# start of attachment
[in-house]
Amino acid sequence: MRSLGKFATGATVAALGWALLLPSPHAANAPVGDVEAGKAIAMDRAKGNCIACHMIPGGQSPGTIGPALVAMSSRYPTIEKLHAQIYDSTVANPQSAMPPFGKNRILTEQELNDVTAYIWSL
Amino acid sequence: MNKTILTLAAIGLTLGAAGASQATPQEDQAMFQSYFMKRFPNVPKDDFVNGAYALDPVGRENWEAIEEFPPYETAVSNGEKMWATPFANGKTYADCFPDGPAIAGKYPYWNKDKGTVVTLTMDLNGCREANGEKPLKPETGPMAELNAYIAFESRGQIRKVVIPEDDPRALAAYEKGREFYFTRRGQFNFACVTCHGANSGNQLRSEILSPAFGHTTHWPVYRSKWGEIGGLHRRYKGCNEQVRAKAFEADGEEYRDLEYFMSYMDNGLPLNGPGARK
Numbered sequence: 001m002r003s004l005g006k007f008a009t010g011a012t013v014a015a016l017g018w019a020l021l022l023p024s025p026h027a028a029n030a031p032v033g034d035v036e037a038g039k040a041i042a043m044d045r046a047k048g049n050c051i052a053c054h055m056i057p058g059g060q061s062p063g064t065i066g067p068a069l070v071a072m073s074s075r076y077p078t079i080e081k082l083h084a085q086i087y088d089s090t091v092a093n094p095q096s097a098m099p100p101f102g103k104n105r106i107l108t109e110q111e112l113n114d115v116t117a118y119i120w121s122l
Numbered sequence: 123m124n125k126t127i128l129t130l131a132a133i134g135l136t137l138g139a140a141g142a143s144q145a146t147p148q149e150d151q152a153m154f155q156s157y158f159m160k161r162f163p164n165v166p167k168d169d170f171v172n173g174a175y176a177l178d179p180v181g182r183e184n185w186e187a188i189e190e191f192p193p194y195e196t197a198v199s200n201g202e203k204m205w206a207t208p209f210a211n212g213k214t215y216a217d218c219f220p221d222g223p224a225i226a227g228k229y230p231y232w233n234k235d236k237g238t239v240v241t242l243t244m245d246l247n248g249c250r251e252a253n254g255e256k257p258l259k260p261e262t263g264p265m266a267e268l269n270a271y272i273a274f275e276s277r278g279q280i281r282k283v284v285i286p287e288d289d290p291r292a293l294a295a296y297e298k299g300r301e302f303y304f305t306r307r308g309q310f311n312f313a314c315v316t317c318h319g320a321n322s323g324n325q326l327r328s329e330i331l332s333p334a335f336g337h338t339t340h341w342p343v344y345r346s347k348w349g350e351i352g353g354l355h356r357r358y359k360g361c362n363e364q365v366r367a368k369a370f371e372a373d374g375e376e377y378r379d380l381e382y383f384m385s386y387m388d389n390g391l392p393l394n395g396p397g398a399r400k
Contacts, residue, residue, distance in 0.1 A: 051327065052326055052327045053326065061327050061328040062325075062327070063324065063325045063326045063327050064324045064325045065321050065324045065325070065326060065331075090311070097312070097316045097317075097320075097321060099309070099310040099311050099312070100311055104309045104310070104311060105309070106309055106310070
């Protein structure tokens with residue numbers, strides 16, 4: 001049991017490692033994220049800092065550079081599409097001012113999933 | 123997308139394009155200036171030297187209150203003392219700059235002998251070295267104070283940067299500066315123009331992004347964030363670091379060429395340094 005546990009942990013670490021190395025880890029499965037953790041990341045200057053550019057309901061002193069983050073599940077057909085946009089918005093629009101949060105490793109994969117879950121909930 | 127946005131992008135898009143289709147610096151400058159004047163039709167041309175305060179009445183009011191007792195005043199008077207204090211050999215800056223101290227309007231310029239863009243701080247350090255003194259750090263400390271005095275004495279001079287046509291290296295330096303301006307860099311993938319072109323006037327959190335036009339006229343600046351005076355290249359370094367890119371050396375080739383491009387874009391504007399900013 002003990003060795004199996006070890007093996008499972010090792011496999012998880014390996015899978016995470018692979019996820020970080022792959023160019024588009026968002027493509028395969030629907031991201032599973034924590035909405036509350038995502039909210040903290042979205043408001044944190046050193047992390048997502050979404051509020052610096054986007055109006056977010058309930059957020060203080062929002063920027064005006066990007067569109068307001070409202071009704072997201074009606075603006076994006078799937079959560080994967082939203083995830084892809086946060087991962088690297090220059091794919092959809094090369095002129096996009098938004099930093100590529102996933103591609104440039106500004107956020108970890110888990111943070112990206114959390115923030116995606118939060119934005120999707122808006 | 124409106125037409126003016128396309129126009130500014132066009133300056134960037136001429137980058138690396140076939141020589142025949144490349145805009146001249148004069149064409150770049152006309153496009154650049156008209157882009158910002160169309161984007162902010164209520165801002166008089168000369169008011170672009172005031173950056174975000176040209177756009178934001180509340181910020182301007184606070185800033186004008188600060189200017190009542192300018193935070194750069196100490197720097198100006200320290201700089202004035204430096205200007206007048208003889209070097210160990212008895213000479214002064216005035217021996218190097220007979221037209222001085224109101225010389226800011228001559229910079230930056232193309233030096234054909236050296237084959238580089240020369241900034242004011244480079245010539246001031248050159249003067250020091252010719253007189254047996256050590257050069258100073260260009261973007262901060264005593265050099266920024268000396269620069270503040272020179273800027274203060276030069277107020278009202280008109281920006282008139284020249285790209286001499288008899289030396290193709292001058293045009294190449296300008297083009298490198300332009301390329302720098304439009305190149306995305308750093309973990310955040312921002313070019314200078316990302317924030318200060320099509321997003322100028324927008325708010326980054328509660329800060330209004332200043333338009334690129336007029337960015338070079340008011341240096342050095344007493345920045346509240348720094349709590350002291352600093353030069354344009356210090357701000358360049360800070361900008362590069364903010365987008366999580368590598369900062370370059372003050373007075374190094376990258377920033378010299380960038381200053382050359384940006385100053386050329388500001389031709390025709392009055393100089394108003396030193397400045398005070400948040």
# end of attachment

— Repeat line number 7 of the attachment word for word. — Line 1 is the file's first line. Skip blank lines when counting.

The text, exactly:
């Protein structure tokens with residue numbers, strides 16, 4: 001049991017490692033994220049800092065550079081599409097001012113999933 | 123997308139394009155200036171030297187209150203003392219700059235002998251070295267104070283940067299500066315123009331992004347964030363670091379060429395340094 005546990009942990013670490021190395025880890029499965037953790041990341045200057053550019057309901061002193069983050073599940077057909085946009089918005093629009101949060105490793109994969117879950121909930 | 127946005131992008135898009143289709147610096151400058159004047163039709167041309175305060179009445183009011191007792195005043199008077207204090211050999215800056223101290227309007231310029239863009243701080247350090255003194259750090263400390271005095275004495279001079287046509291290296295330096303301006307860099311993938319072109323006037327959190335036009339006229343600046351005076355290249359370094367890119371050396375080739383491009387874009391504007399900013 002003990003060795004199996006070890007093996008499972010090792011496999012998880014390996015899978016995470018692979019996820020970080022792959023160019024588009026968002027493509028395969030629907031991201032599973034924590035909405036509350038995502039909210040903290042979205043408001044944190046050193047992390048997502050979404051509020052610096054986007055109006056977010058309930059957020060203080062929002063920027064005006066990007067569109068307001070409202071009704072997201074009606075603006076994006078799937079959560080994967082939203083995830084892809086946060087991962088690297090220059091794919092959809094090369095002129096996009098938004099930093100590529102996933103591609104440039106500004107956020108970890110888990111943070112990206114959390115923030116995606118939060119934005120999707122808006 | 124409106125037409126003016128396309129126009130500014132066009133300056134960037136001429137980058138690396140076939141020589142025949144490349145805009146001249148004069149064409150770049152006309153496009154650049156008209157882009158910002160169309161984007162902010164209520165801002166008089168000369169008011170672009172005031173950056174975000176040209177756009178934001180509340181910020182301007184606070185800033186004008188600060189200017190009542192300018193935070194750069196100490197720097198100006200320290201700089202004035204430096205200007206007048208003889209070097210160990212008895213000479214002064216005035217021996218190097220007979221037209222001085224109101225010389226800011228001559229910079230930056232193309233030096234054909236050296237084959238580089240020369241900034242004011244480079245010539246001031248050159249003067250020091252010719253007189254047996256050590257050069258100073260260009261973007262901060264005593265050099266920024268000396269620069270503040272020179273800027274203060276030069277107020278009202280008109281920006282008139284020249285790209286001499288008899289030396290193709292001058293045009294190449296300008297083009298490198300332009301390329302720098304439009305190149306995305308750093309973990310955040312921002313070019314200078316990302317924030318200060320099509321997003322100028324927008325708010326980054328509660329800060330209004332200043333338009334690129336007029337960015338070079340008011341240096342050095344007493345920045346509240348720094349709590350002291352600093353030069354344009356210090357701000358360049360800070361900008362590069364903010365987008366999580368590598369900062370370059372003050373007075374190094376990258377920033378010299380960038381200053382050359384940006385100053386050329388500001389031709390025709392009055393100089394108003396030193397400045398005070400948040």